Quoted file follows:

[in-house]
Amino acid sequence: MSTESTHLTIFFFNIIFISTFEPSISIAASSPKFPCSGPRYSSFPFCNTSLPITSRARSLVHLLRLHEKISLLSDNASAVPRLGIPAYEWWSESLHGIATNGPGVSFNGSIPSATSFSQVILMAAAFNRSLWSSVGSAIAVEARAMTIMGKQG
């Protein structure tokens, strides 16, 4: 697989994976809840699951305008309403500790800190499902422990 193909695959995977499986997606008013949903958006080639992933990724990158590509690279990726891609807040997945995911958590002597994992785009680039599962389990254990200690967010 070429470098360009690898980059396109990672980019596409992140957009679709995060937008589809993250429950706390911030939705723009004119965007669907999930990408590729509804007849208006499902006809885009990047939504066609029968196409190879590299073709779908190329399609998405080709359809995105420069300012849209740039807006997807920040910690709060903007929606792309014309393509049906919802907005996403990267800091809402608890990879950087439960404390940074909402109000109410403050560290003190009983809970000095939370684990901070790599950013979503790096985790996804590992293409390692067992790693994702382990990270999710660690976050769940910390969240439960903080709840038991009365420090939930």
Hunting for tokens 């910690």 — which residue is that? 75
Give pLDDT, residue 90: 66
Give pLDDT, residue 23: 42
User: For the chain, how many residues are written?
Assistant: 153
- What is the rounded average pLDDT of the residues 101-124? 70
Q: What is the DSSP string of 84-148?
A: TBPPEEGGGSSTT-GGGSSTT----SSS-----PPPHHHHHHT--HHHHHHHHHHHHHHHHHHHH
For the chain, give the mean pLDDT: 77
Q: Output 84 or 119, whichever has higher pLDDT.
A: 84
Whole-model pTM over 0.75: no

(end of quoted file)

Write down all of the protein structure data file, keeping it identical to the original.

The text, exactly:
[in-house]
Amino acid sequence: MSTESTHLTIFFFNIIFISTFEPSISIAASSPKFPCSGPRYSSFPFCNTSLPITSRARSLVHLLRLHEKISLLSDNASAVPRLGIPAYEWWSESLHGIATNGPGVSFNGSIPSATSFSQVILMAAAFNRSLWSSVGSAIAVEARAMTIMGKQG
């Protein structure tokens, strides 16, 4: 697989994976809840699951305008309403500790800190499902422990 193909695959995977499986997606008013949903958006080639992933990724990158590509690279990726891609807040997945995911958590002597994992785009680039599962389990254990200690967010 070429470098360009690898980059396109990672980019596409992140957009679709995060937008589809993250429950706390911030939705723009004119965007669907999930990408590729509804007849208006499902006809885009990047939504066609029968196409190879590299073709779908190329399609998405080709359809995105420069300012849209740039807006997807920040910690709060903007929606792309014309393509049906919802907005996403990267800091809402608890990879950087439960404390940074909402109000109410403050560290003190009983809970000095939370684990901070790599950013979503790096985790996804590992293409390692067992790693994702382990990270999710660690976050769940910390969240439960903080709840038991009365420090939930």
Hunting for tokens 């910690």 — which residue is that? 75
Give pLDDT, residue 90: 66
Give pLDDT, residue 23: 42
User: For the chain, how many residues are written?
Assistant: 153
- What is the rounded average pLDDT of the residues 101-124? 70
Q: What is the DSSP string of 84-148?
A: TBPPEEGGGSSTT-GGGSSTT----SSS-----PPPHHHHHHT--HHHHHHHHHHHHHHHHHHHH
For the chain, give the mean pLDDT: 77
Q: Output 84 or 119, whichever has higher pLDDT.
A: 84
Whole-model pTM over 0.75: no